# Phase of a modulation

### From Online Dictionary of Crystallography

Phase d'une modulation (*Fr*). Modulationsphase (*Ge*). Fase di une modulazione (*It*). 変調の位相 (*Ja*).

## Definition

A modulation is a periodic or quasiperiodic, scalar or vector function. In the former case, the phase measures the progress along one periodic direction. The periodic or quasiperiodic function may be developed into plane waves.
The *phase(s) of the modulation* is (are) the phase(s) of elementary plane waves which describe the modulation.

## Details

A *displacive modulation* may be written as follows. For the *j*th atom in the unit cell **n** the displacement
has *m* components **u**_{njα}, where α=*x,y,z* in three dimensions.
Then for a modulation of finite rank the Fourier module *M*^{*} consists of the reciprocal vectors

[math] k~=~\sum_{i=1}^n h_i a_i^*,[/math]

and the displacement is given by

[math]u_{n j\alpha} = \sum_{k\in M^*} \hat{u}_{j\alpha}( k) \exp \Big( 2\pi i \sum_m h_m a_m^*.(n+r_j)+\varphi_{j\alpha}\Big), \quad(h_1,\dots,h_n\neq 0,\dots,0).[/math]

For the simplest case, with one modulation vector, one polarization direction and one atom per unit cell, this becomes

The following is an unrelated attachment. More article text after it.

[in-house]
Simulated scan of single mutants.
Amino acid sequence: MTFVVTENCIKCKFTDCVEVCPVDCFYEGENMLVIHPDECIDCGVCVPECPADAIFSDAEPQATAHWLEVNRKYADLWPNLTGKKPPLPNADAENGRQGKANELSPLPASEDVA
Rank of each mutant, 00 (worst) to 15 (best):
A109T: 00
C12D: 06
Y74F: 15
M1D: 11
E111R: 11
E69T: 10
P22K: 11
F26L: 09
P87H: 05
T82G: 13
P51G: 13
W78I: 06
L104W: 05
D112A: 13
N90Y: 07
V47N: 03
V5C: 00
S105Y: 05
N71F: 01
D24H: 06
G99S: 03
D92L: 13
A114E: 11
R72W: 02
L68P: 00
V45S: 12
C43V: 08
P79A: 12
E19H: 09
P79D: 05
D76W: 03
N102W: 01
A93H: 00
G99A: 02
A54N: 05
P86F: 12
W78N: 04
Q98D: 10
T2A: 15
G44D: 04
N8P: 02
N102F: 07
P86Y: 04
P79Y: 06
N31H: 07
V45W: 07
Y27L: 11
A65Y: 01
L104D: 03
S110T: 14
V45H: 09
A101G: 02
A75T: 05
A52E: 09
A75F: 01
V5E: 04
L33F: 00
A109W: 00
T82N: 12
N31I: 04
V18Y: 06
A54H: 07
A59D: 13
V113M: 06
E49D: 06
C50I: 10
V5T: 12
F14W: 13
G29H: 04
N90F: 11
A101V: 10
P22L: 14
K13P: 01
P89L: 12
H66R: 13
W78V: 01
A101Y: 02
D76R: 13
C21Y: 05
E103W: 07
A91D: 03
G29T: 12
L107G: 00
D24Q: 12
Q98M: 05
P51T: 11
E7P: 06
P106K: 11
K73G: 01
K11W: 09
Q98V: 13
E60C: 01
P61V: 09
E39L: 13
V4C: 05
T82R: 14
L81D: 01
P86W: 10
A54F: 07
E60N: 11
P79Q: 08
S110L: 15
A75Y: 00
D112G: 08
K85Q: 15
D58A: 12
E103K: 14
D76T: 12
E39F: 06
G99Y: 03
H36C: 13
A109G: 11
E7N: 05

[math] u_n~=~\hat{ u} ( k)\exp (2\pi i k. n+\varphi)+c.c.[/math]

Here φ is the *phase of the modulation*.
The embedded structure in superspace is

[math]( n+\hat{ u}( k) \exp (2\pi i k.n+\varphi +r_I)+c.c,~r_I).[/math]

r_{I} is the internal coordinate, which changes the phase of the modulation. (In the literature
the internal coordinate *r*_{I} is sometimes denoted by *t*.)

For the general case, a vector **k** from the Fourier module is the projection of a vector of the
reciprocal lattice in superspace, and this has an external and an internal component:

[math] k~=~\pi k_s~=~\sum_{i=1}^n h_i (a_{Ei}^*,~ a_{Ii}^*).[/math]

Then the embedding has components

[math]\Big( n_{j\alpha}+ r_{j\alpha}+\sum_{k\in M^*} \hat{u}_{j\alpha}( k) \exp [ 2\pi i \sum_m h_m a_m^*.( n+ r_j)+ \varphi_{j\alpha}+\sum_m h_m a_{Im}^*.r_{I} ],\;\mathrm{r}_{I} \Big)[/math]

Each plane wave for the modulation has a phase [math]\phi_{j\alpha}[/math] which is changed by changing the internal component [math]r_I[/math], an (*n-m*)-dimensional vector in internal space.

For an occupation modulation, the situation is quite similar, but simpler because the occupation function is a scalar. For the simplest case one has

[math]p( n)~=~\hat{p} ( k)\exp (2\pi i k. n+\varphi)+ c.c.[/math]

The embedding is the function

[math]p( n, r_I)~=~\hat{\rho}( k) \exp (2\pi i k.n+\varphi +r_I)+c.c. [/math]

In the general case

[math]p( n)_{j} = \sum_{k\in M^*} \hat{p}_{j}( k)\exp \Big( 2\pi i \sum_m h_m a_m^*.( n+ r_j)+\varphi_{j}\Big),\quad (h_1,\dots,h_n\neq 0,\dots,0)[/math]

and the embedding is

[math]p( n, r_I)_j~=~\sum_{ k\in M^*} \hat{p}_{j}( k)\exp \left[ 2\pi i \sum_m h_m a_m^*.( n+ r_j)+\varphi_{j}+\sum_m h_m a_{Im}^*.r_{I}\right].[/math]

By a change of the internal coordinate *r*_{I} the phases [math]\phi_j[/math] of the modulation functions change.